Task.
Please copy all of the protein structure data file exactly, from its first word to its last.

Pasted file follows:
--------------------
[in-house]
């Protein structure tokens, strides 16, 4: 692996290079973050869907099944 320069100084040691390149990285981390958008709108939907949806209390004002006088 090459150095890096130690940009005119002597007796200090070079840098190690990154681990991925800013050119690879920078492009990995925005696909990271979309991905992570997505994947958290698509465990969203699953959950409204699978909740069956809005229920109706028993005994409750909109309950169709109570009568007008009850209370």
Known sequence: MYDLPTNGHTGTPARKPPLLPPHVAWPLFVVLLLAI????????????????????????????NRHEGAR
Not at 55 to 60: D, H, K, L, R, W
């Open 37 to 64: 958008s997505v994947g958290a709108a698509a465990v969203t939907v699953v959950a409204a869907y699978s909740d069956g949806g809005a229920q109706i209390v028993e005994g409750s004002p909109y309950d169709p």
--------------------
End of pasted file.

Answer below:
[in-house]
């Protein structure tokens, strides 16, 4: 692996290079973050869907099944 320069100084040691390149990285981390958008709108939907949806209390004002006088 090459150095890096130690940009005119002597007796200090070079840098190690990154681990991925800013050119690879920078492009990995925005696909990271979309991905992570997505994947958290698509465990969203699953959950409204699978909740069956809005229920109706028993005994409750909109309950169709109570009568007008009850209370």
Known sequence: MYDLPTNGHTGTPARKPPLLPPHVAWPLFVVLLLAI????????????????????????????NRHEGAR
Not at 55 to 60: D, H, K, L, R, W
């Open 37 to 64: 958008s997505v994947g958290a709108a698509a465990v969203t939907v699953v959950a409204a869907y699978s909740d069956g949806g809005a229920q109706i209390v028993e005994g409750s004002p909109y309950d169709p």